Toddlers who use touchscreens have better motor skills, says a new study conducted by researchers at the University of London.
The study found that early touchscreen use, in particular, active scrolling, correlated with increased fine motor skills.
Researcher Tim J. Smith of Birbeck at the University of London set up an online survey for parents to answer questions about their children's touchscreen use.
The survey also included specific questions to assess the development of the children, such as the age that they first stacked blocks -- which indicates fine motor skills -- or the age they first used two-word sentences -- which indicates language development.
During the study, 715 families responded confirming that using touchscreen is extremely common in toddlers.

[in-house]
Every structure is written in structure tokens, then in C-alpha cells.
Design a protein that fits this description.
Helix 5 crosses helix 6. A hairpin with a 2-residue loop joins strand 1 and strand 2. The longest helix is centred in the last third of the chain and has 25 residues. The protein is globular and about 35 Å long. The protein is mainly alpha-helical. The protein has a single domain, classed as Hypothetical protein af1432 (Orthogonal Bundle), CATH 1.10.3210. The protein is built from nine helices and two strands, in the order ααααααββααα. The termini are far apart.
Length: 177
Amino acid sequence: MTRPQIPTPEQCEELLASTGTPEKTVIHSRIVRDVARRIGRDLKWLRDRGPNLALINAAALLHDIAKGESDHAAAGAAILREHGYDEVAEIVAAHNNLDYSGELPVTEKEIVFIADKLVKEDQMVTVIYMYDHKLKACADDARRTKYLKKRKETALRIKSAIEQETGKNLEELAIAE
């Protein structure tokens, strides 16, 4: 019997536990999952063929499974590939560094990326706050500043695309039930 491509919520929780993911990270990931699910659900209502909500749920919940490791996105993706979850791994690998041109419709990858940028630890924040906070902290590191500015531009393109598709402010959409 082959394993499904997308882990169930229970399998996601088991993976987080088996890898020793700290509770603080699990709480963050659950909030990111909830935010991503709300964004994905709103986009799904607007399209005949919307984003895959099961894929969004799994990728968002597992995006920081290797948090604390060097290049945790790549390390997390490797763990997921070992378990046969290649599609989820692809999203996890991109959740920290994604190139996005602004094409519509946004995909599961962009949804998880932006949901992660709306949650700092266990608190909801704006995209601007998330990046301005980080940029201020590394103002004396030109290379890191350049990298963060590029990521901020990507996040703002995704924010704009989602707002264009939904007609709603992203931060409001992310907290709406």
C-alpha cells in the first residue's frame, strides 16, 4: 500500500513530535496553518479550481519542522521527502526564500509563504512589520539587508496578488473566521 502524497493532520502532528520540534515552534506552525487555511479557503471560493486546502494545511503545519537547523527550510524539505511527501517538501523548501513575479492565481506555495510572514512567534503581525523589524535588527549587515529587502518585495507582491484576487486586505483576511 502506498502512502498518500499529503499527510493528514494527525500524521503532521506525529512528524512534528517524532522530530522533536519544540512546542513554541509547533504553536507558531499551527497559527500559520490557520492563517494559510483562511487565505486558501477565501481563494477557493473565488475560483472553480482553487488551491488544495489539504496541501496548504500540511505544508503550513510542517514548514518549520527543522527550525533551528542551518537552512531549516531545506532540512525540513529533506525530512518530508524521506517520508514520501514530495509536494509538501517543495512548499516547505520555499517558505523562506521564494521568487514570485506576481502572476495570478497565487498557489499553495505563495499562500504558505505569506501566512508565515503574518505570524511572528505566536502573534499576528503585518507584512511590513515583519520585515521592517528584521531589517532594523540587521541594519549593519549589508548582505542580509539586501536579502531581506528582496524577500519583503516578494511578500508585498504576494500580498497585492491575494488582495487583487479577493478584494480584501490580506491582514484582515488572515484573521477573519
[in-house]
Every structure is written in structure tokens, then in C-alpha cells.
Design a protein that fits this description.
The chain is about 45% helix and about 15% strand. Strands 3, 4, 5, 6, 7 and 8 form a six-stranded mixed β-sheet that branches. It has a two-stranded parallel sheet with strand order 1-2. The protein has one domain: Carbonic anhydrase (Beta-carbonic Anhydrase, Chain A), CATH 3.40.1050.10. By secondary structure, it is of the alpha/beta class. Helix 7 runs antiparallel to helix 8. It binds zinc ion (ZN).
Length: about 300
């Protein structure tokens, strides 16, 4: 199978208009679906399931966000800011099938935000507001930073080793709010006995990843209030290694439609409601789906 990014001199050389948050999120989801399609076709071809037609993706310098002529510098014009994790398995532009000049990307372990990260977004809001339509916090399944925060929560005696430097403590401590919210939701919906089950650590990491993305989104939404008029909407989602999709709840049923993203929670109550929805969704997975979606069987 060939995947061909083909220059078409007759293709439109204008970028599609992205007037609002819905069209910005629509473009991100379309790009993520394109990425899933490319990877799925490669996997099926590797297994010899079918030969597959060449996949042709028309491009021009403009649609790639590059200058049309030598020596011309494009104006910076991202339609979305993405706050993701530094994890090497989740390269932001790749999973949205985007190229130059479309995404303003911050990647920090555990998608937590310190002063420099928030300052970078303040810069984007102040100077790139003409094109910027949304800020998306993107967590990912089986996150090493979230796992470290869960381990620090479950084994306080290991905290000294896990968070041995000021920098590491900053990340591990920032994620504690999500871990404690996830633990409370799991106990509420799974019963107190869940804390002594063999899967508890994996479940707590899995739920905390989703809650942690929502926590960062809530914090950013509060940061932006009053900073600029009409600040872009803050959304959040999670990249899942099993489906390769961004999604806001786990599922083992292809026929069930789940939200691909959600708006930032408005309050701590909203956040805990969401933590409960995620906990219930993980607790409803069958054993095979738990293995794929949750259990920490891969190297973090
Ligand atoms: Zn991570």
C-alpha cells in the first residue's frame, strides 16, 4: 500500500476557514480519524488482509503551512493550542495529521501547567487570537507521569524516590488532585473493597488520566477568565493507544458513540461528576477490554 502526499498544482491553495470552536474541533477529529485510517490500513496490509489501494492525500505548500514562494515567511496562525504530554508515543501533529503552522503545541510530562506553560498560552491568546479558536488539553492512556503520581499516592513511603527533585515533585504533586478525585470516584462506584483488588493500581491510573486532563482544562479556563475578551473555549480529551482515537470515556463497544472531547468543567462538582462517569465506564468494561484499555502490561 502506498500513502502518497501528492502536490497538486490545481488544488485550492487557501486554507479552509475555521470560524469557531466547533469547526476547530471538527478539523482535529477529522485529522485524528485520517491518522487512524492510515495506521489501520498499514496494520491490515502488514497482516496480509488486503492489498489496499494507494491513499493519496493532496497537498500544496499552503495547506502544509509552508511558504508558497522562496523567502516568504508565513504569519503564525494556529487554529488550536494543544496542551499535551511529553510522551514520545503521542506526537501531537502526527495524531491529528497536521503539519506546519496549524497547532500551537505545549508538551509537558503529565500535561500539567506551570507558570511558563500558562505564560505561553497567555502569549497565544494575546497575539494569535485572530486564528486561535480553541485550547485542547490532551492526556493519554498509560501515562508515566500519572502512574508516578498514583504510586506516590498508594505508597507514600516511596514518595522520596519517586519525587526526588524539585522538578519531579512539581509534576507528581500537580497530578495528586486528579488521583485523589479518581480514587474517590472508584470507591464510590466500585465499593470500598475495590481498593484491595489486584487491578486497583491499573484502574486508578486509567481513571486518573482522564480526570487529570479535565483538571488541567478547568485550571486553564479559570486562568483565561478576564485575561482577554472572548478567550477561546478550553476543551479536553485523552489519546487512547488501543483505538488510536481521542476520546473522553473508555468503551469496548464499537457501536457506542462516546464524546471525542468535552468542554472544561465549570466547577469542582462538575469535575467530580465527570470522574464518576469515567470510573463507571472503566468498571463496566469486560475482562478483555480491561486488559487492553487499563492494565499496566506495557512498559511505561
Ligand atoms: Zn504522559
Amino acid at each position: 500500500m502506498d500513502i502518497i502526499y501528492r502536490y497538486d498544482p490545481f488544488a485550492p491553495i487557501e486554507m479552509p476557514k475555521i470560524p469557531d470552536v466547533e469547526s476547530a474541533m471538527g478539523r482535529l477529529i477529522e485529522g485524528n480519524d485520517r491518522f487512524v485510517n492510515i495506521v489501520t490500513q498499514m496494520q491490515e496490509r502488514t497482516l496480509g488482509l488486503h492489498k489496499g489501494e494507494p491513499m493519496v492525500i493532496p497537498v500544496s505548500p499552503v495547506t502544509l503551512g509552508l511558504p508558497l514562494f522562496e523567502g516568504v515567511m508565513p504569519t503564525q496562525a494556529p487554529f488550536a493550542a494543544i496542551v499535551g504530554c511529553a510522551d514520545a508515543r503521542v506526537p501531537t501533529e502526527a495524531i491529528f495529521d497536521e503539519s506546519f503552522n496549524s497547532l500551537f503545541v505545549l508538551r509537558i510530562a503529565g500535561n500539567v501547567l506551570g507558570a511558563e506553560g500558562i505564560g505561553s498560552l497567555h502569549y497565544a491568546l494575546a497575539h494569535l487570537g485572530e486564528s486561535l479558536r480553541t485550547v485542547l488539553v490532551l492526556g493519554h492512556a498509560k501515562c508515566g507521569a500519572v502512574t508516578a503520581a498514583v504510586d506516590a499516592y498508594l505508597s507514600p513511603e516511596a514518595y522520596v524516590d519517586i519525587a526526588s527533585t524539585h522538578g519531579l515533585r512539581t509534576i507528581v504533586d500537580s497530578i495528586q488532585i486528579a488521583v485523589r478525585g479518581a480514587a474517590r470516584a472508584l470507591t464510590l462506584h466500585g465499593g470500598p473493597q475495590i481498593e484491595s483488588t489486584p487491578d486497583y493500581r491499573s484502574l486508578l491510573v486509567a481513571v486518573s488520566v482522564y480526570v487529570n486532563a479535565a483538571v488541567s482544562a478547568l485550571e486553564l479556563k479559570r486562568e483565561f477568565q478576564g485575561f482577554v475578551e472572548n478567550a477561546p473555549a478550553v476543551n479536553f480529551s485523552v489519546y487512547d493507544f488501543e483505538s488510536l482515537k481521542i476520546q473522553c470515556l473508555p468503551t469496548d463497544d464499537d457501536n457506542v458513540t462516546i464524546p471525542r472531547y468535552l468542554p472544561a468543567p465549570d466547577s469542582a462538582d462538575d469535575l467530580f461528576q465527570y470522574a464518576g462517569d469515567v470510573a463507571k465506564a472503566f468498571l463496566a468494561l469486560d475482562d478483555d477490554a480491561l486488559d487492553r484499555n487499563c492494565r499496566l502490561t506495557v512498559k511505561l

"The study showed that majority of toddlers had daily exposure to touchscreen devices, increasing from 51.22 percent in six to 11 months to 92.05 percent at 19-36 months," Smith added.
In toddlers aged 19-36 months, the researchers found that the age that parents reported for their child's first actively scrolling a touchscreen was positively associated with the age that they were first able to stack blocks, a measure of fine motor control.
The study, published in the journal Frontiers in Psychology, also stated that the current generation of toddlers was adapting rapidly to new technology.